After observation and investigation on engineering problems for a long time, Prof. Zheng discloses that actual engineering systems are always controlled by a few modes, almost one or two modes in many situations. He further points out that only a single mode (corresponding to the resonance mode) is maybe leading as system enters into resonance state. His finding has a general significance. For many engineering problems, one cares more for dynamics of system under resonance state. Undoubtedly, this finding powers and strengthens traditional model reduction techniques. In this paper, we follow his studies and apply his theory to investigate nonlinear dynamics of a nonlinear MDOFs system under super/sub harmonic resonance conditions.

Suppose that only the th mode of system is leading and the other modes are minor as the super or sub harmonic resonance of the th mode takes place. Thus, the total response of system is approximately determined by neglecting the contribution of the nonresonance modes and only remaining the component owed to the resonance mode, that is, to let Substituting (2.14) into (2.11) or (2.12), one can get the equations of reduced model in the form of resonance modal coordinate and the equations in the form of non-resonance modal coordinates Considering cubic nonlinearities and harmonic excitation (e.g., cosine excitation) in system, (2.15) can be compactly rewritten to where is small parameter , and , , , are constants. denotes the frequency of excitation.

Obviously, (2.17) is a single DOF equation. One can easily get its solution by the analytic methods or numerical methods. Then, one can obtaine the approximate response of the system, associated with (2.14).

As described in the above text, the theory presented by Zheng [11] is powerful. However, this theory is semiempirical and is not strictly formulated in mathematics. After investigations, the author of this paper finds that the theory may be generally available under the following conditions.(i)The nature frequencies of system have sparsely in distribution. It means that only the resonance mode is leading while the non-resonance modes contribute less toward the total response of system at resonance.(ii)The resonance mode should not interact with other non-resonance modes. It implies that internal resonance does not occur. (iii)For multifrequency excitation, combination resonance may occur, but the response of combination resonance is not preponderant compared with that of interested resonance mode.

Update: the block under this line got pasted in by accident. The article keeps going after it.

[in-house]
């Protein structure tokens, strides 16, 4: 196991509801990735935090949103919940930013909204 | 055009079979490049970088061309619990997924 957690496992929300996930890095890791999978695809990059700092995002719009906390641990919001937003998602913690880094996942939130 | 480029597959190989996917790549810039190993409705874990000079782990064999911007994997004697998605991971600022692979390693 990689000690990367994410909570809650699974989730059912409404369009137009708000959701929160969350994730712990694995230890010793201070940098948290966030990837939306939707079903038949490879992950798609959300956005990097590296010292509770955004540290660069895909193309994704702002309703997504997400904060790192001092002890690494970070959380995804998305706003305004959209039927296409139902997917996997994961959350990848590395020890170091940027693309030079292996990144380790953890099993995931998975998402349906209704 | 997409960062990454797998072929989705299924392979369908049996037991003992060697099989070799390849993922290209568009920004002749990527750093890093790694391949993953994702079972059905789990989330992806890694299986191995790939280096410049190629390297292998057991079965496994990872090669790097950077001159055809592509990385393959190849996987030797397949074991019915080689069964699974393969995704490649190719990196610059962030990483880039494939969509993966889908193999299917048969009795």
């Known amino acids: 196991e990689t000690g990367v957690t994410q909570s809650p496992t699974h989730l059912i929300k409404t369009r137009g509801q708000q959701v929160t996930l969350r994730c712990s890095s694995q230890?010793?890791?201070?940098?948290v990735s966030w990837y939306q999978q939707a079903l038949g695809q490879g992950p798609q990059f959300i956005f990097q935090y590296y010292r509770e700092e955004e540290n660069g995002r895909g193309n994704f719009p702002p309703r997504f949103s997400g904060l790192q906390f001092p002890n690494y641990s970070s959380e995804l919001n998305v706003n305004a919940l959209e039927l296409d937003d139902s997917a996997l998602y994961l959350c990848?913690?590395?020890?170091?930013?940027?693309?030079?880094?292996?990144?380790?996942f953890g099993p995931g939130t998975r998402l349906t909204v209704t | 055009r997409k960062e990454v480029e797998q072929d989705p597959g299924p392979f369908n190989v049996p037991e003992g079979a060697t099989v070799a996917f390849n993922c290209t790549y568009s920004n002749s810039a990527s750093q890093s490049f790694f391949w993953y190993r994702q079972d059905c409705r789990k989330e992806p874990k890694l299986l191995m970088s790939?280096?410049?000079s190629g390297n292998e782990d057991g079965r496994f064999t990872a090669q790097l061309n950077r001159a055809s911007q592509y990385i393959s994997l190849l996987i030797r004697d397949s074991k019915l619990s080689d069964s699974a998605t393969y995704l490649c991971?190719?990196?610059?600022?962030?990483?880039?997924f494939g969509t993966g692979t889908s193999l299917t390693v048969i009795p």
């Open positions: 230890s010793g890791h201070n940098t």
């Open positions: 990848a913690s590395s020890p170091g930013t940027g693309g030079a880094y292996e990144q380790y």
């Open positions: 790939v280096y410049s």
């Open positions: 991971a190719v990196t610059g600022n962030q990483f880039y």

Now, we use the above theory to seek an approximate solution. In weak vibration, an approximate steady solution of first order for (2.17) is supposed to be in the form Substituting (2.18) into (2.17) and equating the coefficients of the same power of small parameter , one obtains The general solution of (2.19) can be expressed in the form where , stands for the complex conjugate of the preceding terms.

Substituting (2.21) into (2.20) yields Two cases of resonance are considered next: superharmonic and subharmonic.

##### 2.1. Superharmonic Resonance

In this case, we put where is turning parameter.

Inserting (2.23) into (2.22), the condition for the elimination of secular terms in (2.22) is To this order, is considered to be a function of only. Then, substituting the polar form into (2.24) and equating the real and imaginary parts, one gets Introduce , then (2.26) can be written to Let , the stable period solutions and are satisfied with Thus, the steady solution is

Considering (2.28), the frequency response curve for superharmonic resonance is With (2.29) and (2.14), one can get the stable superharmonic response of system (2.1). Similarly, combinated using (2.30) and (2.14), the frequency response characteristic of original system is obtained.

##### 2.2. Sub Harmonic Resonance

In this case, we take Inserting (2.31) into (2.22), the condition for the elimination of secular terms is Reused the rule in the case of superharmonic resonance, the steady state solution is where and are governed by The frequency response curve is With (2.33), (2.35), and (2.14), one can get steady state solution of system (2.1) and the nonlinear frequency response characteristic.

#### 3. Numerical Examples